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Network-based prediction of human tissue-specific metabolism

Nature Biotechnology volume 26, pages 10031010 (2008) | Download Citation

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Abstract

Direct in vivo investigation of mammalian metabolism is complicated by the distinct metabolic functions of different tissues. We present a computational method that successfully describes the tissue specificity of human metabolism on a large scale. By integrating tissue-specific gene- and protein-expression data with an existing comprehensive reconstruction of the global human metabolic network, we predict tissue-specific metabolic activity in ten human tissues. This reveals a central role for post-transcriptional regulation in shaping tissue-specific metabolic activity profiles. The predicted tissue specificity of genes responsible for metabolic diseases and tissue-specific differences in metabolite exchange with biofluids extend markedly beyond tissue-specific differences manifest in enzyme-expression data, and are validated by large-scale mining of tissue-specificity data. Our results establish a computational basis for the genome-wide study of normal and abnormal human metabolism in a tissue-specific manner.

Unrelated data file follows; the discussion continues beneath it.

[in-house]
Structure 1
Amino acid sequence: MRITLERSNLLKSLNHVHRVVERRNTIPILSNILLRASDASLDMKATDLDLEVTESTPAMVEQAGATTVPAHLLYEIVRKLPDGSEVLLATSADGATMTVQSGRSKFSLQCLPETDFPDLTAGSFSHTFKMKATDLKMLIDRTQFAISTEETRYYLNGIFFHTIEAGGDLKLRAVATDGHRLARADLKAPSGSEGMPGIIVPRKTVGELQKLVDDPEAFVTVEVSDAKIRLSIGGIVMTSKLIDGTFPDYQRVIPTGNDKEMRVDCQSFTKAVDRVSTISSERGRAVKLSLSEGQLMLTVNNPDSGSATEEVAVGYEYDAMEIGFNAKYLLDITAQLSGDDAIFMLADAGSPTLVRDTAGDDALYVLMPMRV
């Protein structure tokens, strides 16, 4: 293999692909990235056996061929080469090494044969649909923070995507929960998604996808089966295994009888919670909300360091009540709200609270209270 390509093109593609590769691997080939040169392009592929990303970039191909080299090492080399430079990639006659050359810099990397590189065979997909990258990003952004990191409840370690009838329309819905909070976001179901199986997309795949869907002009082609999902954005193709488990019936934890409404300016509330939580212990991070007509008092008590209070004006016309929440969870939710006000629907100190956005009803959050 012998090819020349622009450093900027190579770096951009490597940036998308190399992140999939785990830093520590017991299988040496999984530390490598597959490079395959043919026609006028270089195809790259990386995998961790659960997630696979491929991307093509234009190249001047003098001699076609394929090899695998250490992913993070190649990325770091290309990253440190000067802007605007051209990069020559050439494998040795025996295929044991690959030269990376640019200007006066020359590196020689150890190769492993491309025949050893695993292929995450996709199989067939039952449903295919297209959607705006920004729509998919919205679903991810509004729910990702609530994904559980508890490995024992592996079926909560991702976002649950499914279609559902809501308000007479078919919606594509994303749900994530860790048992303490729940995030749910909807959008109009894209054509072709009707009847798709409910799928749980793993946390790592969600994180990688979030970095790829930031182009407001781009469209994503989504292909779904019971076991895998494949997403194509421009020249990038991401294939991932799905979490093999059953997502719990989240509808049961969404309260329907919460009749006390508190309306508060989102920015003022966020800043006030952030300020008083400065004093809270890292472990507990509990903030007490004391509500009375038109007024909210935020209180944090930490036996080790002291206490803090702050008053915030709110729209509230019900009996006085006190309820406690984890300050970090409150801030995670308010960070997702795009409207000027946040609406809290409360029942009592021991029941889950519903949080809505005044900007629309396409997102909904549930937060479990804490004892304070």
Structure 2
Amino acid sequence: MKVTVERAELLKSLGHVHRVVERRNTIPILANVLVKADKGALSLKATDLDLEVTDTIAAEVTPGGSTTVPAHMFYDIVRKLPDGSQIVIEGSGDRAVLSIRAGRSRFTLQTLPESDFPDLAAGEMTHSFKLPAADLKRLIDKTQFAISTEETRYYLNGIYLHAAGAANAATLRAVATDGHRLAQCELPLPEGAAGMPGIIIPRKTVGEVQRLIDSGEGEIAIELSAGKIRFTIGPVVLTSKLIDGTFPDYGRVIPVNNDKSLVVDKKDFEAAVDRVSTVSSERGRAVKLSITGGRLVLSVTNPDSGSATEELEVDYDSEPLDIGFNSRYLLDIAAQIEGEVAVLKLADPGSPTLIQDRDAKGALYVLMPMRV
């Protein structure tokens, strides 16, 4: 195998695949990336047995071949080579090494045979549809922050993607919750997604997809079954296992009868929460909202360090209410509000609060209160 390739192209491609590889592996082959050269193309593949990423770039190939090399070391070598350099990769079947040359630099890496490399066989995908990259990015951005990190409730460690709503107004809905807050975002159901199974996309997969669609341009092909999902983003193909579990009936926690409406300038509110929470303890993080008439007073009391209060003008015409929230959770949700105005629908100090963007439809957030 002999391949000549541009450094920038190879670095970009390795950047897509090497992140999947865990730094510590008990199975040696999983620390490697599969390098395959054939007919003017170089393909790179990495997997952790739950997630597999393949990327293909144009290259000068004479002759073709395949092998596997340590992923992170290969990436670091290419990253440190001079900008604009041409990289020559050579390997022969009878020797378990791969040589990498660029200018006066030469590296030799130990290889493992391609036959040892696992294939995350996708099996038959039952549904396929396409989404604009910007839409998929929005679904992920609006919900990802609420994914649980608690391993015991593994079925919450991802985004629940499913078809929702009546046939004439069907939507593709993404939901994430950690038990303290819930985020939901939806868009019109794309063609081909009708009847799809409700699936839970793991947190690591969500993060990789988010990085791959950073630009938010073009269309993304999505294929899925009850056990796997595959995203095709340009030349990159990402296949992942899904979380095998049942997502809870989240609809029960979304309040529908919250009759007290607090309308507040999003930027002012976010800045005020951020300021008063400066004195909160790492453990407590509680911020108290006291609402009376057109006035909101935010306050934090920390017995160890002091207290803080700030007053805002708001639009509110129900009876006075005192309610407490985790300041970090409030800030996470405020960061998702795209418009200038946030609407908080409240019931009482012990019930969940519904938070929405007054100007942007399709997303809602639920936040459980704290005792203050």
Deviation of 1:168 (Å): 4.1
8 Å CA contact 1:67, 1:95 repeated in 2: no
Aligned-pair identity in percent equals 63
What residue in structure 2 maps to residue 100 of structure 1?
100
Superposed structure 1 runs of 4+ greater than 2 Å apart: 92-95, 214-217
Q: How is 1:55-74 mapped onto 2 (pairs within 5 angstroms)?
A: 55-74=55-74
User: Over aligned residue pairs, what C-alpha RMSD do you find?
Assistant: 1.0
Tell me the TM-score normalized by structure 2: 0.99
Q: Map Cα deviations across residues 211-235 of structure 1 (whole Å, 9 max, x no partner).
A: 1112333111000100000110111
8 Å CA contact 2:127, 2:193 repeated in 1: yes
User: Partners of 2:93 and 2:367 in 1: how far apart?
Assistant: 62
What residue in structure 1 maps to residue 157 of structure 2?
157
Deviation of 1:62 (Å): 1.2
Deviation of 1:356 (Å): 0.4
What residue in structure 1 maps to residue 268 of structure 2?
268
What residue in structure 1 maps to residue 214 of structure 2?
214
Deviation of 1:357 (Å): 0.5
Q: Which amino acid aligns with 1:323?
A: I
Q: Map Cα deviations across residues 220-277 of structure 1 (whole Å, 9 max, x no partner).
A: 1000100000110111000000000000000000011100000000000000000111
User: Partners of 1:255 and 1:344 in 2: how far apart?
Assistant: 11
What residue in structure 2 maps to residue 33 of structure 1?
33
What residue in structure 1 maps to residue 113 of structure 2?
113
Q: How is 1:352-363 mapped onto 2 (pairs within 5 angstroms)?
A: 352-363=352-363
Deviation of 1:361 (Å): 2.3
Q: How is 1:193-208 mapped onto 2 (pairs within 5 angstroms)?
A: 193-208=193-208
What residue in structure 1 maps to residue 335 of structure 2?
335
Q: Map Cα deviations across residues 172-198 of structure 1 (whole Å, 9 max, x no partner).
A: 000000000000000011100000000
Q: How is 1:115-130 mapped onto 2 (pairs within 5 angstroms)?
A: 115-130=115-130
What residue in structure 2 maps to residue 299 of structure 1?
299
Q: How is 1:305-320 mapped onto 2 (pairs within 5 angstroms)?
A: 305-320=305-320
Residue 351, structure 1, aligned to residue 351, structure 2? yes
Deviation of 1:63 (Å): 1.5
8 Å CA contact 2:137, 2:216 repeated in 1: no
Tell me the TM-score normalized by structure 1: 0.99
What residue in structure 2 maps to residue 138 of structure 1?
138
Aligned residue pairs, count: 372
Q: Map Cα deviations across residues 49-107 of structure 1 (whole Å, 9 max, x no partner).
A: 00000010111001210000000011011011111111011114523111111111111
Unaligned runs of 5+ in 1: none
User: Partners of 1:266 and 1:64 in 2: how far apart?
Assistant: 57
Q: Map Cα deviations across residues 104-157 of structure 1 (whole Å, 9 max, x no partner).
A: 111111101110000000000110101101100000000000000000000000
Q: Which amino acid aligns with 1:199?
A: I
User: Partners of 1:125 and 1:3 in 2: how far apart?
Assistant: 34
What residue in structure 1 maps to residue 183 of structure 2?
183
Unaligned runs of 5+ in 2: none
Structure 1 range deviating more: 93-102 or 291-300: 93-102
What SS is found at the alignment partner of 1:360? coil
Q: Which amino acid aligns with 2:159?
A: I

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Acknowledgements

We are grateful to Shiri Freilich and Ben Sandbank for helpful comments and suggestions. We wish to thank the reviewers for their constructive remarks that helped improve this manuscript considerably. T.S. is supported by an Eshkol Fellowship from the Israeli Ministry of Science. M.C. is a fellow of the Edmond J. Safra Program in Tel-Aviv University. M.J.H. was supported by National Institutes of Health grant no. GM071808. This research was supported by grants from the Israeli Science Foundation, the German-Israeli Foundation and the Tauber fund to E.R.

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Author notes

    • Tomer Shlomi
    •  & Moran N Cabili

    These authors contributed equally to this work.

Affiliations

  1. School of Computer Science, Tel-Aviv University, Tel-Aviv 69978, Israel.

    • Tomer Shlomi
    • , Moran N Cabili
    •  & Eytan Ruppin
  2. Department of Bioengineering, University of California, San Diego, La Jolla, California 92093-0412, USA.

    • Markus J Herrgård
    •  & Bernhard Ø Palsson
  3. School of Medicine, Tel-Aviv University, Tel-Aviv 69978, Israel.

    • Eytan Ruppin

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Correspondence to Tomer Shlomi or Eytan Ruppin.

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DOI

https://doi.org/10.1038/nbt.1487